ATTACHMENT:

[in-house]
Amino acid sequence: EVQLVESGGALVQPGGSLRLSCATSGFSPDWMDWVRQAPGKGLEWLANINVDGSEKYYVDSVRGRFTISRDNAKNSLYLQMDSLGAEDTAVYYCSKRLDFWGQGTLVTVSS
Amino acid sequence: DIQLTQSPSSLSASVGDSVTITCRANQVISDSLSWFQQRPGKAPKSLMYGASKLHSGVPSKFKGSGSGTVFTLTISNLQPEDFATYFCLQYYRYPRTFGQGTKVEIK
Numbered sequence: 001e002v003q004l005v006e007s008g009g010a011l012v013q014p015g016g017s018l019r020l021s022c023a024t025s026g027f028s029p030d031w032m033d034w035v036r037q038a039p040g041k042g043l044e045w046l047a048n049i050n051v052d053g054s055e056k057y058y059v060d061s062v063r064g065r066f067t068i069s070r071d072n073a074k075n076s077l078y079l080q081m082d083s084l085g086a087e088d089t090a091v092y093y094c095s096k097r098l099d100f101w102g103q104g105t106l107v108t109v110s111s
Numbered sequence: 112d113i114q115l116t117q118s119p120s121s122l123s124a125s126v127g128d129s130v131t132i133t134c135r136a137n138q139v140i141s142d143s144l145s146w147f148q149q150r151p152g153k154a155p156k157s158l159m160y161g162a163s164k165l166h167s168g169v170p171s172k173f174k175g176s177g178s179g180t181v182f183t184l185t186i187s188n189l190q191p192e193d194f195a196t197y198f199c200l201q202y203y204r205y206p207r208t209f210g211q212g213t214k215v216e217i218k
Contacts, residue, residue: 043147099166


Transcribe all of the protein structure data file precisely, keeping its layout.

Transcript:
[in-house]
Amino acid sequence: EVQLVESGGALVQPGGSLRLSCATSGFSPDWMDWVRQAPGKGLEWLANINVDGSEKYYVDSVRGRFTISRDNAKNSLYLQMDSLGAEDTAVYYCSKRLDFWGQGTLVTVSS
Amino acid sequence: DIQLTQSPSSLSASVGDSVTITCRANQVISDSLSWFQQRPGKAPKSLMYGASKLHSGVPSKFKGSGSGTVFTLTISNLQPEDFATYFCLQYYRYPRTFGQGTKVEIK
Numbered sequence: 001e002v003q004l005v006e007s008g009g010a011l012v013q014p015g016g017s018l019r020l021s022c023a024t025s026g027f028s029p030d031w032m033d034w035v036r037q038a039p040g041k042g043l044e045w046l047a048n049i050n051v052d053g054s055e056k057y058y059v060d061s062v063r064g065r066f067t068i069s070r071d072n073a074k075n076s077l078y079l080q081m082d083s084l085g086a087e088d089t090a091v092y093y094c095s096k097r098l099d100f101w102g103q104g105t106l107v108t109v110s111s
Numbered sequence: 112d113i114q115l116t117q118s119p120s121s122l123s124a125s126v127g128d129s130v131t132i133t134c135r136a137n138q139v140i141s142d143s144l145s146w147f148q149q150r151p152g153k154a155p156k157s158l159m160y161g162a163s164k165l166h167s168g169v170p171s172k173f174k175g176s177g178s179g180t181v182f183t184l185t186i187s188n189l190q191p192e193d194f195a196t197y198f199c200l201q202y203y204r205y206p207r208t209f210g211q212g213t214k215v216e217i218k
Contacts, residue, residue: 043147099166